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Drew Brees updates shoulder status; discusses decision to sit week three

Courtesy: Mark LaGrange Courtesy: Mark LaGrange
METAIRIE, LA (WVUE) -

Speaking for the first time since sitting out the Saints' week three loss to the Panthers, Drew Brees talked Wednesday about his decision process and ongoing rehabilitation work on his shoulder.

The following is a copy of Brees' session with the media, as transcribed by the New Orleans Saints:

How did it feel going out there and throwing today?

“Felt good, I’m making progress. I feel a lot better, obviously, today then I did last week. I’m getting a little bit better every day, so I’ll hopefully increase the reps as the week goes on and I feel pretty good about Sunday.”

Does that help you, to be throwing the ball and the reps, just as far as building strength?

“Yeah, there is something different about when you go throw, the mechanics of getting in the huddle calling the play, get them to the ball, going through all your pre-snap reads and actually have to react to an open receiver rather than just standing there at whatever distance away and being very mechanical and calculated about the ball. When you’re in the pocket you have to react quickly. There’s times when you have to throw maybe a little off balance. We call that a funny body throw, when all of a sudden you have to drop down and rip one side-armed. There’s elements that put different stress on the shoulder and so you have to experience those things before you get into live action.”

Did it feel any different today to make a 30 yard pass compared to a 10 yard pass?

“Well, again, this is my first day to have thrown in practice. So I’ll see how the shoulder responds tomorrow and for the rest of the day, but each day I’m able to do more and more and feel stronger and stronger. Each day there is more range of motion, more strength, and so that’s the key.”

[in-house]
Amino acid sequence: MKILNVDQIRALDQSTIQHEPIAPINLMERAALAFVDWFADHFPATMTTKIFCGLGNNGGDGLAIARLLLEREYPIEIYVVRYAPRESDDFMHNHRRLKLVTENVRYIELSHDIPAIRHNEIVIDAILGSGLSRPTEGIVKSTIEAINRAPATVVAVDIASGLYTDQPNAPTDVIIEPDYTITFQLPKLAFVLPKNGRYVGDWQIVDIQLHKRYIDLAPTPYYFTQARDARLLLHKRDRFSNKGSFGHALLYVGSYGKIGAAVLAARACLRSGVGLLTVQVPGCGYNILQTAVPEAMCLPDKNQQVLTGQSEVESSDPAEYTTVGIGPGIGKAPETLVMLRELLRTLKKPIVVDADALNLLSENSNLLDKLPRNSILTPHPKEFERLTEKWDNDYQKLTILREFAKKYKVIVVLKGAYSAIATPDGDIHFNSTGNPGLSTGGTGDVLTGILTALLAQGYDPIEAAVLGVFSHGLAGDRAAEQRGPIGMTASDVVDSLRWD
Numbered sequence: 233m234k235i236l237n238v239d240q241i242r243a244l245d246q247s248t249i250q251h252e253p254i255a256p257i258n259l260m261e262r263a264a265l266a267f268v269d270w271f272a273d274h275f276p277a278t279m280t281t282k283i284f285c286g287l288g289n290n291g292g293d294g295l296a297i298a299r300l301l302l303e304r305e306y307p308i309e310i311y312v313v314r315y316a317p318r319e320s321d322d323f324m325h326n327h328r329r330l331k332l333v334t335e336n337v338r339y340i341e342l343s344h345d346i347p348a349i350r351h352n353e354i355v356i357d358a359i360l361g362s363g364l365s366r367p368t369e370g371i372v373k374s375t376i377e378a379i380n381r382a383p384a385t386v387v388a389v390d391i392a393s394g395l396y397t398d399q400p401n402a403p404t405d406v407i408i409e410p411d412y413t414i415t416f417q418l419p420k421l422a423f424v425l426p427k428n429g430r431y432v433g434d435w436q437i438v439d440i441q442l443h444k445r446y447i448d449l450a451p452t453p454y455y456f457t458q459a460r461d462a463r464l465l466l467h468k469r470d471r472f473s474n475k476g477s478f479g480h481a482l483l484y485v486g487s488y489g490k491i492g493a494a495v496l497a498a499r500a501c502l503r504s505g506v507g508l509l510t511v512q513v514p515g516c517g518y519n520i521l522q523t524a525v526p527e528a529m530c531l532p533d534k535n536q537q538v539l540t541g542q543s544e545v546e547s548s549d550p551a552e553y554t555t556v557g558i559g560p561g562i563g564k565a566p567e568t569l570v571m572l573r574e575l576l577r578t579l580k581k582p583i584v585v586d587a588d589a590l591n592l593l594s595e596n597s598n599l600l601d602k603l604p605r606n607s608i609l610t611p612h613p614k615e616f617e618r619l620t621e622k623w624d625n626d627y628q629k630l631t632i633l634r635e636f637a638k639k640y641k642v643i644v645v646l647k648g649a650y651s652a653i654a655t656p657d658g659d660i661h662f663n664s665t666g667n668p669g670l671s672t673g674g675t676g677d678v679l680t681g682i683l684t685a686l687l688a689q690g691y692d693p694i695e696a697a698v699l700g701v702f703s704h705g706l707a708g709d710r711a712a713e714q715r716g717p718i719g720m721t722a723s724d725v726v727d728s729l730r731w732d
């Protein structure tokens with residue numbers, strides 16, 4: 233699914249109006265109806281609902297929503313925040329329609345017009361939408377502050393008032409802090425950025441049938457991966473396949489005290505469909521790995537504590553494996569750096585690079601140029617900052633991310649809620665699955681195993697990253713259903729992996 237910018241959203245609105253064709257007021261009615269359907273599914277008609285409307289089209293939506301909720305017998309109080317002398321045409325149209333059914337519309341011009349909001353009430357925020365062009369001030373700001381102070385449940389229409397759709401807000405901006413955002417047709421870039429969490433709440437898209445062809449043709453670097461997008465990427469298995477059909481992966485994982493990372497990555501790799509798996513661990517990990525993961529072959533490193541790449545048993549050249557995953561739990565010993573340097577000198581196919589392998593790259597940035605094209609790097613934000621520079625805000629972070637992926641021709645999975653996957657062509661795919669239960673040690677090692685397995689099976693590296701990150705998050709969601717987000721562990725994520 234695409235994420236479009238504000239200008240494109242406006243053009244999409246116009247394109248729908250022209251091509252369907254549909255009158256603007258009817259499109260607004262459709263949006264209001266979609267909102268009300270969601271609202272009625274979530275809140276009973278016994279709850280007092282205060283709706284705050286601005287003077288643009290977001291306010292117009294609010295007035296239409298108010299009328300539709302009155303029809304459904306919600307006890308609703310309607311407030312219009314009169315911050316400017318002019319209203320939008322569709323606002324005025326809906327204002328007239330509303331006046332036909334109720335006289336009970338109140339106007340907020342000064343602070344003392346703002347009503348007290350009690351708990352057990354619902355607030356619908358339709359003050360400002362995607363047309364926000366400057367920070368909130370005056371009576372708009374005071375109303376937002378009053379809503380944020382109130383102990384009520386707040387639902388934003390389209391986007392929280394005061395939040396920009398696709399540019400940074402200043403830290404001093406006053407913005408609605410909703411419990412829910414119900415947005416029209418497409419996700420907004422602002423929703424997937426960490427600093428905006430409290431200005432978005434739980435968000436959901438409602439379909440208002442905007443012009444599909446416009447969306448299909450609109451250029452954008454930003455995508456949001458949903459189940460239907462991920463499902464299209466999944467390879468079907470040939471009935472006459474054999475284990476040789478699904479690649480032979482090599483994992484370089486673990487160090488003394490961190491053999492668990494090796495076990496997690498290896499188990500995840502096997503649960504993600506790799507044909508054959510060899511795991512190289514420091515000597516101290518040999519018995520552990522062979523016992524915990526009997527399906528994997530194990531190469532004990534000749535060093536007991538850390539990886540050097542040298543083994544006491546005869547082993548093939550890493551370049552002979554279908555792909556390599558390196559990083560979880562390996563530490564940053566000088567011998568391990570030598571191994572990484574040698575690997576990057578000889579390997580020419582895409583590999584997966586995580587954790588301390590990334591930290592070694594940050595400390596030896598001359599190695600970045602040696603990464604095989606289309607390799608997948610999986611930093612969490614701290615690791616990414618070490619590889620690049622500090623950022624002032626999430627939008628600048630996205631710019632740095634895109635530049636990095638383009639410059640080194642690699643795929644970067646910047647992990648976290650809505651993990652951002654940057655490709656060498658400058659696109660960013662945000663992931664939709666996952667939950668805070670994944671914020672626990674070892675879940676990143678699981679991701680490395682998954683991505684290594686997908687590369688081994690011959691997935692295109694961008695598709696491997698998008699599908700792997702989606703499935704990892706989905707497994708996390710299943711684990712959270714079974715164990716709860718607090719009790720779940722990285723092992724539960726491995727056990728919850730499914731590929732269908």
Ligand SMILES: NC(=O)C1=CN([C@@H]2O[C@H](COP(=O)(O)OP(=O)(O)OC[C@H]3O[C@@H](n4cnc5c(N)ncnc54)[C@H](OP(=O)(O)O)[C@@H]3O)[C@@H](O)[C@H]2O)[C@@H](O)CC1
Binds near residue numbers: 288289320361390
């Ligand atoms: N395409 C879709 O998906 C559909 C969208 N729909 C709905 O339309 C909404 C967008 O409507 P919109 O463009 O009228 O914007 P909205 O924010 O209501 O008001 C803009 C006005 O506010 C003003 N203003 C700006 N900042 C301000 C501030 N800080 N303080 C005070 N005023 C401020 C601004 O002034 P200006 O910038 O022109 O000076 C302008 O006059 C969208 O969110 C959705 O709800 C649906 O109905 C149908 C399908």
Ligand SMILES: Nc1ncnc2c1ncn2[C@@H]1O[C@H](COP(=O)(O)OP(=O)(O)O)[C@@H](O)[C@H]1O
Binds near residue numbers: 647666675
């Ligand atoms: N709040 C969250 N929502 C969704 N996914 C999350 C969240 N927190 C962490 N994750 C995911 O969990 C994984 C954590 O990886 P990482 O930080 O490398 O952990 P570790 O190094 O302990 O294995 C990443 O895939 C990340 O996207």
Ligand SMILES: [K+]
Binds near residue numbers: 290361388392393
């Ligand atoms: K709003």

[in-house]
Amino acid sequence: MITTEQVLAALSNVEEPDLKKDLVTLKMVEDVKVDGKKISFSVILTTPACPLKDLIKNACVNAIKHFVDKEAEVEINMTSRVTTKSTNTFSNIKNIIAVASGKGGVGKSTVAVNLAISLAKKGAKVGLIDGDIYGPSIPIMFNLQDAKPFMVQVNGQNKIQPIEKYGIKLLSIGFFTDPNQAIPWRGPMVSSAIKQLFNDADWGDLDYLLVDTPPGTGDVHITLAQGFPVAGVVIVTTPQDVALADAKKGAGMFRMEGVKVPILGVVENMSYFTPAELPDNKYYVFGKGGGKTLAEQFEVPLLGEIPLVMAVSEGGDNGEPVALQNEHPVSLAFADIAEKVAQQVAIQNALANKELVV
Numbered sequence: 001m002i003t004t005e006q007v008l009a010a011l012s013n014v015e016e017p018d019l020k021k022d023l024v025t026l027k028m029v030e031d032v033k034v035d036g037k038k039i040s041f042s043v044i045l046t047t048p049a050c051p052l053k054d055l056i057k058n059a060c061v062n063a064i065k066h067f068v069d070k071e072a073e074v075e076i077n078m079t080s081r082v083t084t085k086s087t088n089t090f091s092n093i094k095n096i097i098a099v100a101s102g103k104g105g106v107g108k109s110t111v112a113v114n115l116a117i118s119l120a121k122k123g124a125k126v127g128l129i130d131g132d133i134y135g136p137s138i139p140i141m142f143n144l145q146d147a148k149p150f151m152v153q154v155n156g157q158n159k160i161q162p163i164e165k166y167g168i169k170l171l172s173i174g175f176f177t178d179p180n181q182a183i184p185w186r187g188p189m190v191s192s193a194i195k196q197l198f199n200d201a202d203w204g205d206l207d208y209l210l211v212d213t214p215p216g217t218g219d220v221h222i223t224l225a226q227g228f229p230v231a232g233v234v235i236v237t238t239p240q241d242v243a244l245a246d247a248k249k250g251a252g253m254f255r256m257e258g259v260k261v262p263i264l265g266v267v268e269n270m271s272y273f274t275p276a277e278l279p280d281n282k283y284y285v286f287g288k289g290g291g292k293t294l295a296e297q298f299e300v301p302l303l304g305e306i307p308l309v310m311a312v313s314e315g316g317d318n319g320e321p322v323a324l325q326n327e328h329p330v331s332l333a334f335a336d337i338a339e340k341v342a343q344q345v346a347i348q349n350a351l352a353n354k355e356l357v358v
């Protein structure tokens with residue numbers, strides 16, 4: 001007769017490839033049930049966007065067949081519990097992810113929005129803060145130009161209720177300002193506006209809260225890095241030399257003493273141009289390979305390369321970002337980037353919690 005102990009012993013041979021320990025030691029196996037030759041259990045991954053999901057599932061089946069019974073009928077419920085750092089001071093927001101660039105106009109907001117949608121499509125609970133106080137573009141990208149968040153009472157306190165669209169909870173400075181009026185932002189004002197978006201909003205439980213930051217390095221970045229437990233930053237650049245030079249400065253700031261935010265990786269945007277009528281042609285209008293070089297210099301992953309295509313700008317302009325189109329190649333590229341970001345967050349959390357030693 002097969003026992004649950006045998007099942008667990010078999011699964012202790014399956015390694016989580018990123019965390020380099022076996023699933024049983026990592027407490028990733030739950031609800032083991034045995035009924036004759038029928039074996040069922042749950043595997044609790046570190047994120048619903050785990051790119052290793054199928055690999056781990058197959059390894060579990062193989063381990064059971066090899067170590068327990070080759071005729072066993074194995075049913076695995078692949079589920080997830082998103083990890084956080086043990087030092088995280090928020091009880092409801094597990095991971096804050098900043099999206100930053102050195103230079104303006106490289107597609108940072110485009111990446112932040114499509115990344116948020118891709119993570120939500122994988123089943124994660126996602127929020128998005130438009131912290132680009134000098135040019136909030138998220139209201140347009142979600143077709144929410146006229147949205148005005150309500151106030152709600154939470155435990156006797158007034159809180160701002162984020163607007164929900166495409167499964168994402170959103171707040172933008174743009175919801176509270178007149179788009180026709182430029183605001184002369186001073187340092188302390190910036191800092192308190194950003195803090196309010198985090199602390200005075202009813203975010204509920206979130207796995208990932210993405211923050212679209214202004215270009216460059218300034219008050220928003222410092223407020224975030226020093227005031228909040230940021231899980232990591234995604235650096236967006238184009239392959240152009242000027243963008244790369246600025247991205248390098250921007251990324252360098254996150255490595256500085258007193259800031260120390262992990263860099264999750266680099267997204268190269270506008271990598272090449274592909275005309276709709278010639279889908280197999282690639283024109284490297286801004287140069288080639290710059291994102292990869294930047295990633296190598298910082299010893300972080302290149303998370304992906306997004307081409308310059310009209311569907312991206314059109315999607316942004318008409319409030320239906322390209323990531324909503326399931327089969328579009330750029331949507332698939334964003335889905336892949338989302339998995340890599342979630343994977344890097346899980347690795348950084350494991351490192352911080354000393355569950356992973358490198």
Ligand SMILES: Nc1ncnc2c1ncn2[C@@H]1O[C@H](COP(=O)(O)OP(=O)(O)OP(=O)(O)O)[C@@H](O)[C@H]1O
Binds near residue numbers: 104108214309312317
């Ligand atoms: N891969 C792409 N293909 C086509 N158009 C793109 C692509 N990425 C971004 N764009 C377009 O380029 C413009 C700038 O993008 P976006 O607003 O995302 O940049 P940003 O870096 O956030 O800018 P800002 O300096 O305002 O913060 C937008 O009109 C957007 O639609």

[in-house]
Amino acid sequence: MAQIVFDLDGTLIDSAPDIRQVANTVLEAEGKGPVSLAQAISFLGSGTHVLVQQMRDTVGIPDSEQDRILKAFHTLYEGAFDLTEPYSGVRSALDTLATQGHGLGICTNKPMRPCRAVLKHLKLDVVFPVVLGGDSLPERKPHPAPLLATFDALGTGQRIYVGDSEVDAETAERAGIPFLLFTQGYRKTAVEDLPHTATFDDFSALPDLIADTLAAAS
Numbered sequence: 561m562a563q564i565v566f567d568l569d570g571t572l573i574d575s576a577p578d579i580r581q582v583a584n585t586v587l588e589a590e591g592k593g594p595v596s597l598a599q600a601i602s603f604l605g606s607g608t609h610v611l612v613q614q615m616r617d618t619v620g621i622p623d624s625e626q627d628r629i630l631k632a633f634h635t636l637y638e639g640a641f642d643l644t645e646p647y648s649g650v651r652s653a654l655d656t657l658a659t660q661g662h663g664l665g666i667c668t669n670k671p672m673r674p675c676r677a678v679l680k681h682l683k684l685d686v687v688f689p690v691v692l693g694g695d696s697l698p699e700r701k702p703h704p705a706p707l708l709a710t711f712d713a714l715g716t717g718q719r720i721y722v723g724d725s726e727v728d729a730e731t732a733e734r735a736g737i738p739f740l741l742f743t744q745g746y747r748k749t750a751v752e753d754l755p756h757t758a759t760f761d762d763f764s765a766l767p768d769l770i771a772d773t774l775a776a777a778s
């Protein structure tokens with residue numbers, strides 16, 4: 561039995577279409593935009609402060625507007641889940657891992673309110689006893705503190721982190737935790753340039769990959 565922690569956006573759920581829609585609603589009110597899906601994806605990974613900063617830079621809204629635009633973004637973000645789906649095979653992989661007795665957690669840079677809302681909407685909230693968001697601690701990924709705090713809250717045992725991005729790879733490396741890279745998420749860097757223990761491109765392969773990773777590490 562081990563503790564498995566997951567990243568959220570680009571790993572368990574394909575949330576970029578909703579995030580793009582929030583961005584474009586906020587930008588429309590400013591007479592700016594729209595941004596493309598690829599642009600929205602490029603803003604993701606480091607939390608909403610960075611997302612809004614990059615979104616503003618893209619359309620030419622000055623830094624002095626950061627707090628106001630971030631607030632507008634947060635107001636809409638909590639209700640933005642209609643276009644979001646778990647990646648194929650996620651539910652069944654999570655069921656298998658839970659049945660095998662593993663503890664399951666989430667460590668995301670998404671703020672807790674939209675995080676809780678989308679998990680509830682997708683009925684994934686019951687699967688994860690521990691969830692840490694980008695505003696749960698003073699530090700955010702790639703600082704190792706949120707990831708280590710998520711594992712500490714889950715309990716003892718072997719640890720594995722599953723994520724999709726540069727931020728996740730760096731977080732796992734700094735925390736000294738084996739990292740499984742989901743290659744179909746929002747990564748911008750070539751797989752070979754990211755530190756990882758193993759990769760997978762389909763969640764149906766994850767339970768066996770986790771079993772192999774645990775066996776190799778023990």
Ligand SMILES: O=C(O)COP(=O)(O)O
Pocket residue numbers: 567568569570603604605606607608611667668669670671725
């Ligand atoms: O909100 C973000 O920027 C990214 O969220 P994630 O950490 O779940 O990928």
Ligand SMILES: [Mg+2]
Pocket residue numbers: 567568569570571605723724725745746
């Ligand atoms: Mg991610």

How hard was it for you to stand on the sidelines the other day?

“It was tough. Yeah, (I was) just trying to be as in-tune with what was happening and be as helpful as I could be for Luke (McCown) when he came to the sideline. I really just tried to play the game right alongside him. As the play call came in, I was saying it in my own head, you know breaking the huddle at the same time they would, walk to the ball and go through my whole pre-snap routine, and as the ball is snapped you’re immediately kind of going ‘where would my eyes be going, who would I be reading, the ball is coming out here.’ So just going through the progressions right along with Luke.”

Being in that different perspective did you pick anything up that could be helpful?

“Yeah, you know the best thing about it was you get to see the sideline communication, between coaches and players, substitutions, not just offensively, but defensively. You hear conversations, you feel different emotions when you’re in that position versus when you’re kind of locked in to what you’re doing with the offense and just talking to the offensive line and the receivers and this and that. I saw a lot of interesting things. So as I’m trying to kind of look on the bright side of missing a game, it was at times things that you see that you normally wouldn’t see and I think there were a lot of positives I drew from that. Probably the best thing was just watching how in-tune everyone was to the game. Not just their side of the ball, so defensive guys on the sideline cheering on the offense. Offensive side cheering on the defense. Just guys really caring about one another and being passionate and emotional about what’s going on. That was the best thing to see. Guys on this team care, and despite our 0-3 record right now, I’m really excited about the rest of the season for us.”

Drew what was the tell tail for you last week that you couldn’t go and how much better do you feel than that?

“Well really it was about how functional I could be. It was not a pain issue. I mean I was having pain, but you get through that. It was really how functional I could be and being required to do the things I know I need to do to put us in the best position to succeed. As I ramped up some throwing last week, it just became very obvious that I couldn’t do what was needed to be done to put us in a position to win and I didn’t want to drag it out and keep everyone else in this building wondering what was going to happen. I had a conversation with Sean (Payton) and we decided it was best that Luke start and, obviously, I would be there on the sideline for him and for the rest of the guys, but at that time Luke gave us the best chance to win.”